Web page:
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# Math? Who Needs It? This is America:

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U.S. NEWS: In 2005, Americans were reported to have negative savings for the first time since the great depression. In other words, Americans as a whole were spending more money than they made; a little trick we learned from our government. Who, by the way, claim no responsibility…for anything.

The negative savings has continued every year since and certainly will set an impressive new record this year, unless saving for a full tank of gas is added to the government spin data.

Why are Americans not saving, considering the astute guidance and tutelage that we currently enjoy from our nations capitol? With leadership statements from none other than George Bush himself saying, “I certainly hope people go out and spend their tax rebates rather than saving them.” What more could we ask?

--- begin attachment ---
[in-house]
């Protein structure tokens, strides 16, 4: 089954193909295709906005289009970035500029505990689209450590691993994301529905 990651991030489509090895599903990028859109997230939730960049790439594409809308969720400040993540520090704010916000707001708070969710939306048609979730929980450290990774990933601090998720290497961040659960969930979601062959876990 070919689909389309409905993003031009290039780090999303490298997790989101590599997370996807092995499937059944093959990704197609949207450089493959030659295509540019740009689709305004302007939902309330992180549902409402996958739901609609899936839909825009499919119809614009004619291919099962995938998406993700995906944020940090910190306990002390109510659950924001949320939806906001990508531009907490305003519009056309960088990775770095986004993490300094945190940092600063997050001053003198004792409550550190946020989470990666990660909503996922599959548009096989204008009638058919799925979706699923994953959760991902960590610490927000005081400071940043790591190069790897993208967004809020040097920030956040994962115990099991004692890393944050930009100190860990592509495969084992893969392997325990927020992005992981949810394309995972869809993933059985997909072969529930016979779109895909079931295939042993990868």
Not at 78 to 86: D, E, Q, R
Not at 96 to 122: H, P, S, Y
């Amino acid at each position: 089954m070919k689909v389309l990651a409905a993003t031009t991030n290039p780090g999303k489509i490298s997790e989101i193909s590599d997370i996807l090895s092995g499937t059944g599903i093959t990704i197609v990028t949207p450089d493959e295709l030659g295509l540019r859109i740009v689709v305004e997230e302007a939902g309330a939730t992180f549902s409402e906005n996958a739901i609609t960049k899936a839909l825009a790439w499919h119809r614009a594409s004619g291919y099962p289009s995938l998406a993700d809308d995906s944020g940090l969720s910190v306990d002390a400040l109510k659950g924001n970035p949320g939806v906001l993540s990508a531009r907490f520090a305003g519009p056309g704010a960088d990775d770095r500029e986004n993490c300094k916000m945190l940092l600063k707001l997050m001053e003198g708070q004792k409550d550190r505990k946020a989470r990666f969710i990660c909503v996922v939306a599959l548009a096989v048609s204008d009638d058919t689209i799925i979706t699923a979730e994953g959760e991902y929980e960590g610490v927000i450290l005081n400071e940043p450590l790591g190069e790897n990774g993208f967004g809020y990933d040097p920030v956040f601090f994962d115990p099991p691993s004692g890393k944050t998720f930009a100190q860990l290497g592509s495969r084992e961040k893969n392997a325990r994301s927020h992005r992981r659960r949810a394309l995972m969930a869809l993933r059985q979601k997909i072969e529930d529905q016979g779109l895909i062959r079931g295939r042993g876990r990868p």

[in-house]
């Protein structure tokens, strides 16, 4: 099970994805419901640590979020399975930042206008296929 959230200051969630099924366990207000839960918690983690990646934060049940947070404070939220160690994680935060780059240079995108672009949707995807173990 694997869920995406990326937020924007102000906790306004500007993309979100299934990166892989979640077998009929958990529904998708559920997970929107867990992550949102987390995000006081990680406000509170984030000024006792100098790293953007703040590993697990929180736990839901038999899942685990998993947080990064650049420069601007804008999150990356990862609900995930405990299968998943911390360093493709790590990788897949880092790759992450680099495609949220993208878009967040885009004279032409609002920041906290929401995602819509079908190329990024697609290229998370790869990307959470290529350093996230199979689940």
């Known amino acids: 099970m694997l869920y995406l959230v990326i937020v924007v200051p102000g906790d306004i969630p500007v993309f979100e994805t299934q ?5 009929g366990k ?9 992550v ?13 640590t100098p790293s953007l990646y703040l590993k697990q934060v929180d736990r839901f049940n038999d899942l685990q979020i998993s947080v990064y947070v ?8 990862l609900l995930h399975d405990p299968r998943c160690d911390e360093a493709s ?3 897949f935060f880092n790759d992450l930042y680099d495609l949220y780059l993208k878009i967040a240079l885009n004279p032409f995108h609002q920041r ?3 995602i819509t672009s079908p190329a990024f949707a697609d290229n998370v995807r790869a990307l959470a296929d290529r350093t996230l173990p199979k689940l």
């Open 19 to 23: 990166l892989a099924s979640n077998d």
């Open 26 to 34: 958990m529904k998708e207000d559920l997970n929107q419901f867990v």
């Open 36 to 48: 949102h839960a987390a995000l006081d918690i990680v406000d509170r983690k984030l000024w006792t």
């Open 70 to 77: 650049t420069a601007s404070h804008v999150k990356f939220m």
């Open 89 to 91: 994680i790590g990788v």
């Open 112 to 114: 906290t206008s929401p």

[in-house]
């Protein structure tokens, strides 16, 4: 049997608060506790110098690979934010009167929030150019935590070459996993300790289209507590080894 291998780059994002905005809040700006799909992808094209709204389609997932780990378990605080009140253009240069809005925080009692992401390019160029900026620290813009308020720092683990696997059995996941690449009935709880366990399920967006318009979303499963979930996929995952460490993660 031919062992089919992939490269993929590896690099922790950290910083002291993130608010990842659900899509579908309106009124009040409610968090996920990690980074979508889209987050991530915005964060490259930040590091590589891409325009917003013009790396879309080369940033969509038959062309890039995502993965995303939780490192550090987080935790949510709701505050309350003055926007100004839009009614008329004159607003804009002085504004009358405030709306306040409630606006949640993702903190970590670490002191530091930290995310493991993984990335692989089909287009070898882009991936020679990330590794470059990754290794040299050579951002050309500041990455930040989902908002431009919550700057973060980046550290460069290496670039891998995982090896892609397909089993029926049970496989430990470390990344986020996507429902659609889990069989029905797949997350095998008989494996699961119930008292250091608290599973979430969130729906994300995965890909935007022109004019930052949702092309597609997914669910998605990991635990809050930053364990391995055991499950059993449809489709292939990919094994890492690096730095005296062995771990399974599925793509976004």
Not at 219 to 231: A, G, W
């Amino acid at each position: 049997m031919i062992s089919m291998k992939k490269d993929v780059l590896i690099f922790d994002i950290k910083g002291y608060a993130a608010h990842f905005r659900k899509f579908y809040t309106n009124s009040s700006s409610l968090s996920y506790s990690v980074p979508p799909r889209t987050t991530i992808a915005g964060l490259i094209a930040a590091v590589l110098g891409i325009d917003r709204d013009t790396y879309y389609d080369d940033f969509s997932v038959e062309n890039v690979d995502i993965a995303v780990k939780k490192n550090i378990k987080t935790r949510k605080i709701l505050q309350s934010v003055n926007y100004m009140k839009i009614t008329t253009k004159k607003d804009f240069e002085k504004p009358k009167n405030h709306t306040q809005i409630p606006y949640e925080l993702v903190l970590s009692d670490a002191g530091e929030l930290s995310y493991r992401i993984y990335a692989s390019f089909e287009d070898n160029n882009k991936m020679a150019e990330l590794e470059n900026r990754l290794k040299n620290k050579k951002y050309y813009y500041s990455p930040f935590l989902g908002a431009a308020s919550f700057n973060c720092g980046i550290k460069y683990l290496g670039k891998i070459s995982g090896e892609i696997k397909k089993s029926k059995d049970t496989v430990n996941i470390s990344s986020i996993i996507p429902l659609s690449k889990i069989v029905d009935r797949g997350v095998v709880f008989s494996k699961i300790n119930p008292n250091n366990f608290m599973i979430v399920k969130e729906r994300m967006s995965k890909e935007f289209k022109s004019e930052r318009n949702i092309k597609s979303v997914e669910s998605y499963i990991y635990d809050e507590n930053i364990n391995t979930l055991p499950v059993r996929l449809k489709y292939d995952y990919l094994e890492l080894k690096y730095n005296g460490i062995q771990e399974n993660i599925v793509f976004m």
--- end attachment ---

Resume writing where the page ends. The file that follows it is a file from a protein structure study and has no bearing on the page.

This is one of those mornings that I look around at our leadership and want to use a whole paragraph of those words that I learned in the Navy; but I won’t. I’ll restrict myself to Mikemathics.

The Fed will no doubt not disappoint my prediction of some months past and continue to reduce the federal funds rate to 2%. They have already brought my prediction of printing up car loads of brand new hundred dollar bills to reality. So what does this do to your money and your savings?

An example of applied Mikemathics will nicely demonstrate that saving dollars is like saving apples; it’s a rotten proposition. Once you see the following example (in the privacy of your home), you can use those words that I learned in the Navy.

Let’s say that you put \$1,000 in a savings or money market account. And under the present circumstance of low interest that is going lower, your annual interest may reach a whopping 2.5% or a staggering annual return of \$25.00, better known as a quarter tank of gas.

But wait, we forgot to figure in inflation and devaluation of the dollar which conservatively is running a strong 6%. Reducing your new found windfall profit of \$25.00 combined with your original principle of \$1,000 by 6% (to represent the annual fall in purchasing power), now leaves you \$963.50, or a net loss of \$36.50.